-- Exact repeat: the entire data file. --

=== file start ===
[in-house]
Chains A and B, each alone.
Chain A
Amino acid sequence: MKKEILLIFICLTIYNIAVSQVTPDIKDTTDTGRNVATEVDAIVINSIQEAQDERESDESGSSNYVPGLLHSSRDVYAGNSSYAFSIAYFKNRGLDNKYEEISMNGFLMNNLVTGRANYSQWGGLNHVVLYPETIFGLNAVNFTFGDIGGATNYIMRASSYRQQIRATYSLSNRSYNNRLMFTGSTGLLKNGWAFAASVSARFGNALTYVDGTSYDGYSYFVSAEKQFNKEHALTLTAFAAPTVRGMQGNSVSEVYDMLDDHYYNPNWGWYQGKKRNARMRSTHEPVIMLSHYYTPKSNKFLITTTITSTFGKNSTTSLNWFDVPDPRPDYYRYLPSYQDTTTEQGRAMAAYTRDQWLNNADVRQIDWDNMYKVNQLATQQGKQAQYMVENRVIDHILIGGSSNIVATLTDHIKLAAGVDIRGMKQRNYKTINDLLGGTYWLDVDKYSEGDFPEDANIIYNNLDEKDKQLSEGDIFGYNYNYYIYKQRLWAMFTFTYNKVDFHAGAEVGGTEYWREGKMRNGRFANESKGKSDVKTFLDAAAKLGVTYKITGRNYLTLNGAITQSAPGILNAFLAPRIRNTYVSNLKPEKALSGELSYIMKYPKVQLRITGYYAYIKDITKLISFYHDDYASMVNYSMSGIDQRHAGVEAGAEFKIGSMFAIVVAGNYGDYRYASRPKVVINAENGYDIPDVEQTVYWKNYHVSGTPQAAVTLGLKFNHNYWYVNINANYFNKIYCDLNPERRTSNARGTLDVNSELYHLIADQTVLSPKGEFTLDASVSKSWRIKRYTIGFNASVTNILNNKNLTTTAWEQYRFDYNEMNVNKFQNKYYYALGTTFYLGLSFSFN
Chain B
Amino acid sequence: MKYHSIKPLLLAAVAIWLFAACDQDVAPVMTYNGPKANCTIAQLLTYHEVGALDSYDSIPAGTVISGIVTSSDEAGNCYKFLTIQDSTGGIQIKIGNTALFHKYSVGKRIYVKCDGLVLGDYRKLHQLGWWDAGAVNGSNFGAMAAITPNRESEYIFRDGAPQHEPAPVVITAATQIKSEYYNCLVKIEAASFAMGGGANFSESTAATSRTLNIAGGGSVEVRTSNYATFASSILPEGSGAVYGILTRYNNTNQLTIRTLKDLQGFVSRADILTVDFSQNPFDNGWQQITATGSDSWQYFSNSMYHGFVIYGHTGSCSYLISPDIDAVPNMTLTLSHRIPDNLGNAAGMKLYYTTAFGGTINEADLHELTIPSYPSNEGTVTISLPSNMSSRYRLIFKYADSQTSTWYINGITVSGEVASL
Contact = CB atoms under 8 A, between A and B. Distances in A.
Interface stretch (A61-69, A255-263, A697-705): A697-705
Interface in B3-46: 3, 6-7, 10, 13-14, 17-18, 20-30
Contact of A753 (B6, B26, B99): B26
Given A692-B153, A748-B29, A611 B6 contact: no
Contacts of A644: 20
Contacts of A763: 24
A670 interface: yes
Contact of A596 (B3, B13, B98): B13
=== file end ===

[in-house]
Chains A and B, each alone.
Chain A
Amino acid sequence: MKKEILLIFICLTIYNIAVSQVTPDIKDTTDTGRNVATEVDAIVINSIQEAQDERESDESGSSNYVPGLLHSSRDVYAGNSSYAFSIAYFKNRGLDNKYEEISMNGFLMNNLVTGRANYSQWGGLNHVVLYPETIFGLNAVNFTFGDIGGATNYIMRASSYRQQIRATYSLSNRSYNNRLMFTGSTGLLKNGWAFAASVSARFGNALTYVDGTSYDGYSYFVSAEKQFNKEHALTLTAFAAPTVRGMQGNSVSEVYDMLDDHYYNPNWGWYQGKKRNARMRSTHEPVIMLSHYYTPKSNKFLITTTITSTFGKNSTTSLNWFDVPDPRPDYYRYLPSYQDTTTEQGRAMAAYTRDQWLNNADVRQIDWDNMYKVNQLATQQGKQAQYMVENRVIDHILIGGSSNIVATLTDHIKLAAGVDIRGMKQRNYKTINDLLGGTYWLDVDKYSEGDFPEDANIIYNNLDEKDKQLSEGDIFGYNYNYYIYKQRLWAMFTFTYNKVDFHAGAEVGGTEYWREGKMRNGRFANESKGKSDVKTFLDAAAKLGVTYKITGRNYLTLNGAITQSAPGILNAFLAPRIRNTYVSNLKPEKALSGELSYIMKYPKVQLRITGYYAYIKDITKLISFYHDDYASMVNYSMSGIDQRHAGVEAGAEFKIGSMFAIVVAGNYGDYRYASRPKVVINAENGYDIPDVEQTVYWKNYHVSGTPQAAVTLGLKFNHNYWYVNINANYFNKIYCDLNPERRTSNARGTLDVNSELYHLIADQTVLSPKGEFTLDASVSKSWRIKRYTIGFNASVTNILNNKNLTTTAWEQYRFDYNEMNVNKFQNKYYYALGTTFYLGLSFSFN
Chain B
Amino acid sequence: MKYHSIKPLLLAAVAIWLFAACDQDVAPVMTYNGPKANCTIAQLLTYHEVGALDSYDSIPAGTVISGIVTSSDEAGNCYKFLTIQDSTGGIQIKIGNTALFHKYSVGKRIYVKCDGLVLGDYRKLHQLGWWDAGAVNGSNFGAMAAITPNRESEYIFRDGAPQHEPAPVVITAATQIKSEYYNCLVKIEAASFAMGGGANFSESTAATSRTLNIAGGGSVEVRTSNYATFASSILPEGSGAVYGILTRYNNTNQLTIRTLKDLQGFVSRADILTVDFSQNPFDNGWQQITATGSDSWQYFSNSMYHGFVIYGHTGSCSYLISPDIDAVPNMTLTLSHRIPDNLGNAAGMKLYYTTAFGGTINEADLHELTIPSYPSNEGTVTISLPSNMSSRYRLIFKYADSQTSTWYINGITVSGEVASL
Contact = CB atoms under 8 A, between A and B. Distances in A.
Interface stretch (A61-69, A255-263, A697-705): A697-705
Interface in B3-46: 3, 6-7, 10, 13-14, 17-18, 20-30
Contact of A753 (B6, B26, B99): B26
Given A692-B153, A748-B29, A611 B6 contact: no
Contacts of A644: 20
Contacts of A763: 24
A670 interface: yes
Contact of A596 (B3, B13, B98): B13